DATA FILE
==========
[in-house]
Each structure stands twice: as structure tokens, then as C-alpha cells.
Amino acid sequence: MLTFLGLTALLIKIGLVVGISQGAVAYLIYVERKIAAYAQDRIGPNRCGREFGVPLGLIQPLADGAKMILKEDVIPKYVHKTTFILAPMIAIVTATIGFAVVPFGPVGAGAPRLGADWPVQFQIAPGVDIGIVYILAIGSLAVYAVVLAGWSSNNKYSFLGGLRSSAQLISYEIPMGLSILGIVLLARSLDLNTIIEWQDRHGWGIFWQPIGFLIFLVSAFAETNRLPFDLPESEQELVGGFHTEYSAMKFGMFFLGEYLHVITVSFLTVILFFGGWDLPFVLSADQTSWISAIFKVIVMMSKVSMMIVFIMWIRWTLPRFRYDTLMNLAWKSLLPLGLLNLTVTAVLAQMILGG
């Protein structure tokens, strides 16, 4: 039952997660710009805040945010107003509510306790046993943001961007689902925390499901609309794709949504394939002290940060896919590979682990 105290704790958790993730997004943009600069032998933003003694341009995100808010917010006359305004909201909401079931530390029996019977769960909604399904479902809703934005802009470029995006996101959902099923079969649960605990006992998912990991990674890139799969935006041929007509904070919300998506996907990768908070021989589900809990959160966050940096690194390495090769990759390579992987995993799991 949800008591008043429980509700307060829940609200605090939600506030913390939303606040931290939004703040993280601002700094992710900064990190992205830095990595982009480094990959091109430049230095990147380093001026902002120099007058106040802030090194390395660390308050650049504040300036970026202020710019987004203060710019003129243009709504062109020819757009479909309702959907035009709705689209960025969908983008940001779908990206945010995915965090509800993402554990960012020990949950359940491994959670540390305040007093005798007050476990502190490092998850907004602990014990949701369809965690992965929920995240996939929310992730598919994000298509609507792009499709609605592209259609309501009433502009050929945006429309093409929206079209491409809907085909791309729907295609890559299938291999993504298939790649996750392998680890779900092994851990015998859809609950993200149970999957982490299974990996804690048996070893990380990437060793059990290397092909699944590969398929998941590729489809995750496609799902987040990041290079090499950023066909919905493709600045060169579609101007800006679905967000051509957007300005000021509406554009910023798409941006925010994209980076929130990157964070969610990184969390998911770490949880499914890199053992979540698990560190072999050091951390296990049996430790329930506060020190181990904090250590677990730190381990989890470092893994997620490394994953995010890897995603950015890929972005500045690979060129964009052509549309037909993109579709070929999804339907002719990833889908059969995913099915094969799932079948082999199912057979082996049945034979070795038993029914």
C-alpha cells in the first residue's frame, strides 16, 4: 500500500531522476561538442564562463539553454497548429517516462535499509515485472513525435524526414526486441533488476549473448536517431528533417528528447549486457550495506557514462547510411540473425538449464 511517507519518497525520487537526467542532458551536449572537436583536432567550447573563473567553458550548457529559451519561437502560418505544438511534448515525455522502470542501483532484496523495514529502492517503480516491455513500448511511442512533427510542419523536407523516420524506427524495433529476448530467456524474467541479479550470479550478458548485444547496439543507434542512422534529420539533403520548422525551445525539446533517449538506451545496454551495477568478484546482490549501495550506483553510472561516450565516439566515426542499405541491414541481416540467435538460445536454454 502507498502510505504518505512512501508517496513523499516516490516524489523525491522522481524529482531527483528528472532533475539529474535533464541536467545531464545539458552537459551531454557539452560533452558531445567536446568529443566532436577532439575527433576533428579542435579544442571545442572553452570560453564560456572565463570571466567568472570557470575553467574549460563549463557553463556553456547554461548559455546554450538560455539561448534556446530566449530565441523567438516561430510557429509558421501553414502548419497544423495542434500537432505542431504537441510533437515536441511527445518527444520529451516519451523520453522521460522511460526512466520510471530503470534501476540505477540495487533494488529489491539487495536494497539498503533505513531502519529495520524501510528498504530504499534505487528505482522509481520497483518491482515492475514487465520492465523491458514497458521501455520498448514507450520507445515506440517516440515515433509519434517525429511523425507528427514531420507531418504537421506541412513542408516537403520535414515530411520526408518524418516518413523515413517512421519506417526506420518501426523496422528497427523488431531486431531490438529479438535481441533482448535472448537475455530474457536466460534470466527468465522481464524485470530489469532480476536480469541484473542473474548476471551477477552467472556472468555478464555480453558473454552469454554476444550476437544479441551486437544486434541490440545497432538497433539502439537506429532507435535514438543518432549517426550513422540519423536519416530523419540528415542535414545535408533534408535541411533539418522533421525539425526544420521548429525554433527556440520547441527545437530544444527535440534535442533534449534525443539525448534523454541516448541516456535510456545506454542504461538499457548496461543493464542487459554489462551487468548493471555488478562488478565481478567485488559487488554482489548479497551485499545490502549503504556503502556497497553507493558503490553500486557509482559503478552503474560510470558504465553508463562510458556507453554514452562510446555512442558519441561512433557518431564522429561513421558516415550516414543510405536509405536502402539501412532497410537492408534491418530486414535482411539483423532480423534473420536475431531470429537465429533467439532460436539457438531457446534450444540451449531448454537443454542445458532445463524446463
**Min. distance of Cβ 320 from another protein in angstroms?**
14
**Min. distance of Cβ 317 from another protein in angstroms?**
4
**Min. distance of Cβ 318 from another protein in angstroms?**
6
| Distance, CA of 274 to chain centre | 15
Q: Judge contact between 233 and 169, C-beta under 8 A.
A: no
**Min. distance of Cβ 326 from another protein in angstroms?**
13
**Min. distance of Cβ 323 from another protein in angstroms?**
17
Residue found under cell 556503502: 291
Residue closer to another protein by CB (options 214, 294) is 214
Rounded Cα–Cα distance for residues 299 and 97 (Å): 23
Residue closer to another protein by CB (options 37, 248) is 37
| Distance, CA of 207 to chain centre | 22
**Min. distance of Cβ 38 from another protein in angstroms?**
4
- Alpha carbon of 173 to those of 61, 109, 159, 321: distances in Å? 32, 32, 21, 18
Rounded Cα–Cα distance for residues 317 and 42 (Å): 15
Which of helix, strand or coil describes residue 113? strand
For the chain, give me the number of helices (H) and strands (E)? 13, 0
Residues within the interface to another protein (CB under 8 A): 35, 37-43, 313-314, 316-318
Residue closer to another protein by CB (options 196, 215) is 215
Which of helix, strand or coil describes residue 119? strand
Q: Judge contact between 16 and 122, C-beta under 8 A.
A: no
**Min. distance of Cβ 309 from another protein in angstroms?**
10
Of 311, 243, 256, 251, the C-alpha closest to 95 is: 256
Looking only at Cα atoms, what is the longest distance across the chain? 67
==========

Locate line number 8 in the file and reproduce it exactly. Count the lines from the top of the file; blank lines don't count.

**Min. distance of Cβ 317 from another protein in angstroms?**